While the government window-dresses its reforms as anti-communist in their intent, they entail much more. The consolidation of control over media outlets and the “re-Polonization” of the privately-owned media, which can otherwise be interpreted as censorship, led to Poland experiencing a decrease of 40 spots on the World Press Freedom Index, to now ranking 64th. During the 2020 presidential election, control over the media was convenient to the PiS, as it spread propaganda in support of President Duda and against his opponents. The Organization for Security and Cooperation in Europe (OSCE) concluded that this impacted the voters’ ability to make an informed decision. To gain control over the private media, the government imposed a tax on advertising income and used the police for arbitrary detainments and arrests of journalists. The increased taxes, accompanied by a number of lawsuits against independent media outlets, aimed at forcing them to follow government directives or risk bankruptcy. The situation deteriorated when PKN Orlen, a state-controlled energy giant, purchased 20 of the 24 regional newspapers published by Polska Press, which has access to over 17 million readers, raising serious concerns regarding core democratic and EU values such as freedom of the media.

Human Rights: Abortion and LGBTQ+

This “antidemocratic turn” in Poland has also involved rhetoric and laws against abortion and LGBTQ+ rights. The near ban on abortion in Poland has denied thousands of women a choice over their bodies, while human rights advocates are being subject to “threats and repression.” Abortion without Borders and the Abortion Abroad NGOs have come to the help of women experiencing unintended pregnancies by raising funds and fighting to provide them with access to abortion either at home or abroad. Discriminatory policies against the LGBTQ+ community constitute another breach of Poland’s commitment to EU values. The creation of “LGBT-free zones” and the implementation of the “Family Charter,” which makes same-sex marriage illegal, have led to a lawsuit against the Polish government filed at the European Commission. The Polish Ombudsman has condemned this situation and succeeded in four legal challenges of anti-LGBTQ+ legislation. However, these decisions have been appealed. With a predominantly Roman Catholic population – accounting for nine out of ten Poles – much of which is supportive of the government’s approach in this area, members of the LGBTQ+ community are experiencing attacks and discrimination.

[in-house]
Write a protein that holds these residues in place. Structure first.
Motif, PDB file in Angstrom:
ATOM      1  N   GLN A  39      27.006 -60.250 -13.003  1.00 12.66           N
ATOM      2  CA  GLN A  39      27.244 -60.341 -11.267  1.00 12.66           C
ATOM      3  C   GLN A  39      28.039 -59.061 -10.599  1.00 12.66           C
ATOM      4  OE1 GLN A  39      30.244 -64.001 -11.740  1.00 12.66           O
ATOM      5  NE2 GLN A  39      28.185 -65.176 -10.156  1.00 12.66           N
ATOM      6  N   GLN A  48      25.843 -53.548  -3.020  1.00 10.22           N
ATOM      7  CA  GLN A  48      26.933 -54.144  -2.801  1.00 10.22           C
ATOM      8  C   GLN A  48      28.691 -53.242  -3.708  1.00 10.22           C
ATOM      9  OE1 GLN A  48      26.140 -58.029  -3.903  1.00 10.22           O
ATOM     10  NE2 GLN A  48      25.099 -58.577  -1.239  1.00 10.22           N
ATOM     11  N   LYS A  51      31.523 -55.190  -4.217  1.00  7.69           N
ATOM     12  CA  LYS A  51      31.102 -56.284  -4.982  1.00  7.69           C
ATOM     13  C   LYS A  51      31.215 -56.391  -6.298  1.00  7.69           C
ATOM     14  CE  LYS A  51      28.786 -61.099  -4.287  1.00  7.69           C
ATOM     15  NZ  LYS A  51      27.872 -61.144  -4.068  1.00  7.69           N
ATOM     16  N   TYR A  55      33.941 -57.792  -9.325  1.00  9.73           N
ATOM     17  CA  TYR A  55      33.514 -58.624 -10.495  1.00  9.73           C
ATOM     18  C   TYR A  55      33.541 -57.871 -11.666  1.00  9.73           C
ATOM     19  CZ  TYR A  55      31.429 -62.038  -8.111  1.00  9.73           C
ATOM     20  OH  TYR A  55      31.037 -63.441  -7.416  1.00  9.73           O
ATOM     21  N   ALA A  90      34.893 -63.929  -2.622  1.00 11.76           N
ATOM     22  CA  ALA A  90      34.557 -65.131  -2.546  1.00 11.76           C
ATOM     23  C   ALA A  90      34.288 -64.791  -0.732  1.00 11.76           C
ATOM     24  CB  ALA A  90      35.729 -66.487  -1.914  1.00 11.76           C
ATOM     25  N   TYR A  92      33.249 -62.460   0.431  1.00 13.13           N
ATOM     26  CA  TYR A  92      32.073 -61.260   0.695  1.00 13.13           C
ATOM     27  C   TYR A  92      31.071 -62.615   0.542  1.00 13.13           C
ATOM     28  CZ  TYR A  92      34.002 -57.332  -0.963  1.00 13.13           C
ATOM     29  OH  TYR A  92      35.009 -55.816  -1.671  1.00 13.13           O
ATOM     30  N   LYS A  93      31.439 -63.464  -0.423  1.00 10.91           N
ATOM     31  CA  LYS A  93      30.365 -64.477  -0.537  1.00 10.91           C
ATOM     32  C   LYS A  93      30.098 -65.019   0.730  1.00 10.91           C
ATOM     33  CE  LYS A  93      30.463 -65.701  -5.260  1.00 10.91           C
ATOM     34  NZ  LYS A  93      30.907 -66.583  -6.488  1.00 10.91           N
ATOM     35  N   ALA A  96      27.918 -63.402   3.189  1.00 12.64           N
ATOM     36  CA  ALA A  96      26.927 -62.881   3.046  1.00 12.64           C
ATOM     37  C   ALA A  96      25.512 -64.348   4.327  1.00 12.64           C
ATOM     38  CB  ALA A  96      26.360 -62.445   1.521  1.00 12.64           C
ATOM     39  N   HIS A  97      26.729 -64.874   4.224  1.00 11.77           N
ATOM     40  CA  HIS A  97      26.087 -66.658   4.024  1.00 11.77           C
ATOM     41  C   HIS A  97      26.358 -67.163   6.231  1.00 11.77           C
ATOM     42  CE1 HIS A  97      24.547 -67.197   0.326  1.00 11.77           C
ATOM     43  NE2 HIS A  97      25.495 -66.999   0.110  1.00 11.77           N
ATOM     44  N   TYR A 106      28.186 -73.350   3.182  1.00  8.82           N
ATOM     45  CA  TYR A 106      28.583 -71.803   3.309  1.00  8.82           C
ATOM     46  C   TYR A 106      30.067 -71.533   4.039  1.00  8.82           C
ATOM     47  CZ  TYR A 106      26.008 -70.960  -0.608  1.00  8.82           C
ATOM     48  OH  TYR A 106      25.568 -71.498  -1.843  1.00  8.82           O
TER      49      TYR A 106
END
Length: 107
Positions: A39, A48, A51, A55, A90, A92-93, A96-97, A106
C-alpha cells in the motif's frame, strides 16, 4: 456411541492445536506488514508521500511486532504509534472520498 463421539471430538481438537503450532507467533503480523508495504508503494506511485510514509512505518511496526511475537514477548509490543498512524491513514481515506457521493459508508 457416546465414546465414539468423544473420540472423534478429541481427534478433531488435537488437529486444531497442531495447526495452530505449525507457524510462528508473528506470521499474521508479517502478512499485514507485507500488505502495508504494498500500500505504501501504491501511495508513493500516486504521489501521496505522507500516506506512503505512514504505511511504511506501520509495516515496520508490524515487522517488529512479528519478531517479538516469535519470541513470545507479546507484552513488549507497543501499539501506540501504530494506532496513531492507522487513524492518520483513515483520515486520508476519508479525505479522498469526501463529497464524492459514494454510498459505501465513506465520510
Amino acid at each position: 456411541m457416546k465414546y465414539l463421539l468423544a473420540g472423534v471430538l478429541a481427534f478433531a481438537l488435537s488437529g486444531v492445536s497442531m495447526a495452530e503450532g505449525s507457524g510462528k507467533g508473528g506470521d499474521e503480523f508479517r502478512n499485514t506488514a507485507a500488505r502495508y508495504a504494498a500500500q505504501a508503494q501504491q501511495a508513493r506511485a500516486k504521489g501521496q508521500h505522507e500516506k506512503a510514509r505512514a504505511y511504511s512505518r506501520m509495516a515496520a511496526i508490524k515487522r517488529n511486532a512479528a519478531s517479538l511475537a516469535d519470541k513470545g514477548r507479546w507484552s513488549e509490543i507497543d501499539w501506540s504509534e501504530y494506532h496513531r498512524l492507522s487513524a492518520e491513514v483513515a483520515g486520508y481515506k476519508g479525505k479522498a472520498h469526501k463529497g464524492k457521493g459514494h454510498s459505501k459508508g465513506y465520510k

Democratic Backsliding: Poland and Beyond

While the PiS argues that these reforms are aimed at eliminating corruption and communist legacies, think tanks such as the European Stability Initiative have pointed out the resemblance to a Soviet-style system, given that the judicial power has been partially transferred to the executive branch, the media is increasingly under government control, and definitions of human rights are being challenged. In addition to its benefits, EU membership contains a number of obligations that align with democratic principles. The gap between the EU and some of its member states’ actions poses a serious threat to democratic values and cohesion within Europe. Democratic backsliding in Poland and other former communist countries is a concerning issue in Europe. The threats posed by the COVID-19 pandemic, the social and economic challenges that countries in the former Eastern Bloc face, and the implementation of radical reforms in those states pose a threat to peace and order in Europe as a whole.

Photo: Protests against Polish judiciary reforms in front of Regional Court in Katowice, Poland (20 July 2017), by Marek Ślusarczyk via Wikimedia. Licensed under CC BY 3.0.

Disclaimer: Any views or opinions expressed in articles are solely those of the authors and do not necessarily represent the views of the NATO Association of Canada.

Tea Vasha
Tea Vasha is a Junior Research Fellow at the NATO Association of Canada. Graduating with a double major in International Relations and Criminology and a minor in Political Science from the University of Toronto, she will return in September to pursue the Master of Public Policy at the Munk School of Global Affairs and Public Policy. Her research interests include international affairs, migration, and global security. Tea has also been a part of the Canadian Centre for the Responsibility to Protect (CCR2P) in the R2P & Canadian foreign policy division and the G7 Research Group